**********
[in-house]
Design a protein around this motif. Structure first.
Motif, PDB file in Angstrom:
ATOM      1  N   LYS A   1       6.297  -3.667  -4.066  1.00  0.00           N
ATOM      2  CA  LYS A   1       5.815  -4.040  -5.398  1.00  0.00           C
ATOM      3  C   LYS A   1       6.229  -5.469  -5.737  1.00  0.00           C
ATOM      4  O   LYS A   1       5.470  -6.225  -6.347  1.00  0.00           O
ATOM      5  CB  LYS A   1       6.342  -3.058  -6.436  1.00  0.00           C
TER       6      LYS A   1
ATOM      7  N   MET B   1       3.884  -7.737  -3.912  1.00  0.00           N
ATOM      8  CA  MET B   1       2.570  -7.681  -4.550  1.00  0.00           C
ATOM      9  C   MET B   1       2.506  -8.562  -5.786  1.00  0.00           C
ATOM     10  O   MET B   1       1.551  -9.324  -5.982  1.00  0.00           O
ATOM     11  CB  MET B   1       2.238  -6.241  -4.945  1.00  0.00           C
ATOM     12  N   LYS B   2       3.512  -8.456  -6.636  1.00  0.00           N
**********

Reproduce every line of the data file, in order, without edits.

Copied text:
[in-house]
Design a protein around this motif. Structure first.
Motif, PDB file in Angstrom:
ATOM      1  N   LYS A   1       6.297  -3.667  -4.066  1.00  0.00           N
ATOM      2  CA  LYS A   1       5.815  -4.040  -5.398  1.00  0.00           C
ATOM      3  C   LYS A   1       6.229  -5.469  -5.737  1.00  0.00           C
ATOM      4  O   LYS A   1       5.470  -6.225  -6.347  1.00  0.00           O
ATOM      5  CB  LYS A   1       6.342  -3.058  -6.436  1.00  0.00           C
TER       6      LYS A   1
ATOM      7  N   MET B   1       3.884  -7.737  -3.912  1.00  0.00           N
ATOM      8  CA  MET B   1       2.570  -7.681  -4.550  1.00  0.00           C
ATOM      9  C   MET B   1       2.506  -8.562  -5.786  1.00  0.00           C
ATOM     10  O   MET B   1       1.551  -9.324  -5.982  1.00  0.00           O
ATOM     11  CB  MET B   1       2.238  -6.241  -4.945  1.00  0.00           C
ATOM     12  N   LYS B   2       3.512  -8.456  -6.636  1.00  0.00           N